I hope Barry will run future shoots as I’ve been to a couple of his and each has improved on the previous. He asked for comments and feedback and I think he’s received lots, the majority of which have been positive and constructive in any criticism.
Sharon shooting

Sharon shooting

One interesting thing Barry has to do, which is the same as we have to at our shoot grounds is to mark any deer targets. He actually puts some coloured tape around the ear all the neck to signify it is actually a target, as his area has a small resident wild herd of deer which occasionally puts in an appearance.
On the peg waiting for the start

On the peg waiting for the start

 In all I think it was  a really good day I think the only downside was if the fact that it was 30 targets without a break I think maybe in future he could reorganise the paths so that you can have a break halfway around.
Considering this has been set by one person I think it’s done really well and want to wish him the best of luck in the future.
Thanks for reading.

Tip for when using your bow stringer

This is a quick tip which came about from a coaching session last weekend.
Saturday I was working with some new archers, who were very keen to try out their brand new bows. There is always something special about having you own bow, doubly so when it is your first one. They had bought bows, arrows, quivers everything they needed and were assembling the bows ready to hit the range. The only problem was their stringers kept slipping on the upper limbs.
This is something I have seen loads of times before and is a common problem especially if the bows are at all wet or the archer is less experienced in stringing bows. The archers put the stringer pocket on the lower limb and loop on the top one, go to stand on the loop and lift the bow. The problem is the loop on the upper limb slips down towards the centre of the bow.
Most stringers have a leather or rubber section in the upper loop to grip the bow limb, but I’ve noticed that they aren’t always that good. This is true of whether they are string or nylon webbing sort. Some just don’t offer that much of a grip to the bow, being either too small or smooth.
example of a webbing stringer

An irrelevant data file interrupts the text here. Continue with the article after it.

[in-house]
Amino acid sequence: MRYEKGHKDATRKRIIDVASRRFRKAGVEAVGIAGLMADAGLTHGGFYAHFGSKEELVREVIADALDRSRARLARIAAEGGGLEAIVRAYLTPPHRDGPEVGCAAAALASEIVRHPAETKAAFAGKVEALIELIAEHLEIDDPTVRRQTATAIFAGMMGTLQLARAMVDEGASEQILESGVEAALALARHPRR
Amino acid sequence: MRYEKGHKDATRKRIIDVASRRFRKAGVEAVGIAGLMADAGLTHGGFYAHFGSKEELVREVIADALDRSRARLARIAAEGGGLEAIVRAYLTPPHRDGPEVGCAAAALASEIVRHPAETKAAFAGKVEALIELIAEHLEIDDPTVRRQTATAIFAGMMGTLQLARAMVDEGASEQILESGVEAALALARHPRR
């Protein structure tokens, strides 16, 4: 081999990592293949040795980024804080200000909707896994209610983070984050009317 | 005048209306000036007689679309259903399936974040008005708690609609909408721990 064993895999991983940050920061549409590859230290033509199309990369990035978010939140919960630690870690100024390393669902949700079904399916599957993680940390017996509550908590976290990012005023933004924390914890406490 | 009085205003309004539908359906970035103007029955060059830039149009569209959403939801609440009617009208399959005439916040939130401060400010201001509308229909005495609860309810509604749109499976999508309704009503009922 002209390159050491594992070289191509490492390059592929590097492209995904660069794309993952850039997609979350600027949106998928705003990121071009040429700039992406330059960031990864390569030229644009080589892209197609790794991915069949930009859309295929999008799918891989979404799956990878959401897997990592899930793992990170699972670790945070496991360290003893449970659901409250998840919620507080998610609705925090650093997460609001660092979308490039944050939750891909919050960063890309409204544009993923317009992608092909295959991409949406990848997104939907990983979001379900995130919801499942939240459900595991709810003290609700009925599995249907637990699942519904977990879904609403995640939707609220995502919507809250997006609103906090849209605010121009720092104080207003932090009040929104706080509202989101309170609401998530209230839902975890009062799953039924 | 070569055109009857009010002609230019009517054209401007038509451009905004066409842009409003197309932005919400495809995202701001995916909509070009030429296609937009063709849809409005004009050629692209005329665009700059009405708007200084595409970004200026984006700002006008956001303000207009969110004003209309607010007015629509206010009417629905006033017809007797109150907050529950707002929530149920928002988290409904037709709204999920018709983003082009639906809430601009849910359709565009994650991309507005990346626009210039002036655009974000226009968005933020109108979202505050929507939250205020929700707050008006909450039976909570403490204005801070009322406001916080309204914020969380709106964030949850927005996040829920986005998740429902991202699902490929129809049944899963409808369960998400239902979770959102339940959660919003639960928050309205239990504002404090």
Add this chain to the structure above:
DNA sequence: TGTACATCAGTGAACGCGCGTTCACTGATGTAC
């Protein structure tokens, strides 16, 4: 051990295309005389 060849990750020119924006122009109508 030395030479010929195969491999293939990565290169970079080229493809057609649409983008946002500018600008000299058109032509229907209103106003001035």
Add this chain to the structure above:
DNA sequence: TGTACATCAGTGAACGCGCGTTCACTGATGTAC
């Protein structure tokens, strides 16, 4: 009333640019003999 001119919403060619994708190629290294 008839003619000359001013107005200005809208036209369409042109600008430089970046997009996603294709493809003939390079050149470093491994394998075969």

Example of a webbing stringer with a small stitched in pad

string or rope stringer pad

Example of a string or rope stringer pad which is pretty smooth

So this is where the tip comes in.
You can use a piece of something like slip-A-grip to go over the sewn in grip. You might recall I wrote an article on this stuff ages back title Don’t lose your grip for cheap arrow pullers etc. It is a open weave material with a rubber or plastic coating which offers the user greater traction. I use it a lot in my motorhome for the cupboard shelves to plates and stuff moving round. You can buy it from pound shops or any decent super market, I got mine from Lakeland.
Using this material offers a greater grip on the limb, so the stringer is less likely to slip when under tension as you string the bow. You still have to be careful and take your time but does help a bit.
example of a webbing stringer with grip fabric

example of a webbing stringer with grip fabric

I’ve used the same material to patch up an old stringer where the grips worn off as shown in the pictures below.

Old worn stringer

I then added some grip material, securing with some waxed string so doesn’t move. I’ve used this stringer for over 8 years and for 3 years with this material on it, so I know it works. It wears out after a while but is easy to replace and I find it gives me more confidence in using the stringer as I know it is unlikely to move or slip even in wet conditions.
stringer with grip

Same stringer with grip material

I hope you find this of use and thanks for reading.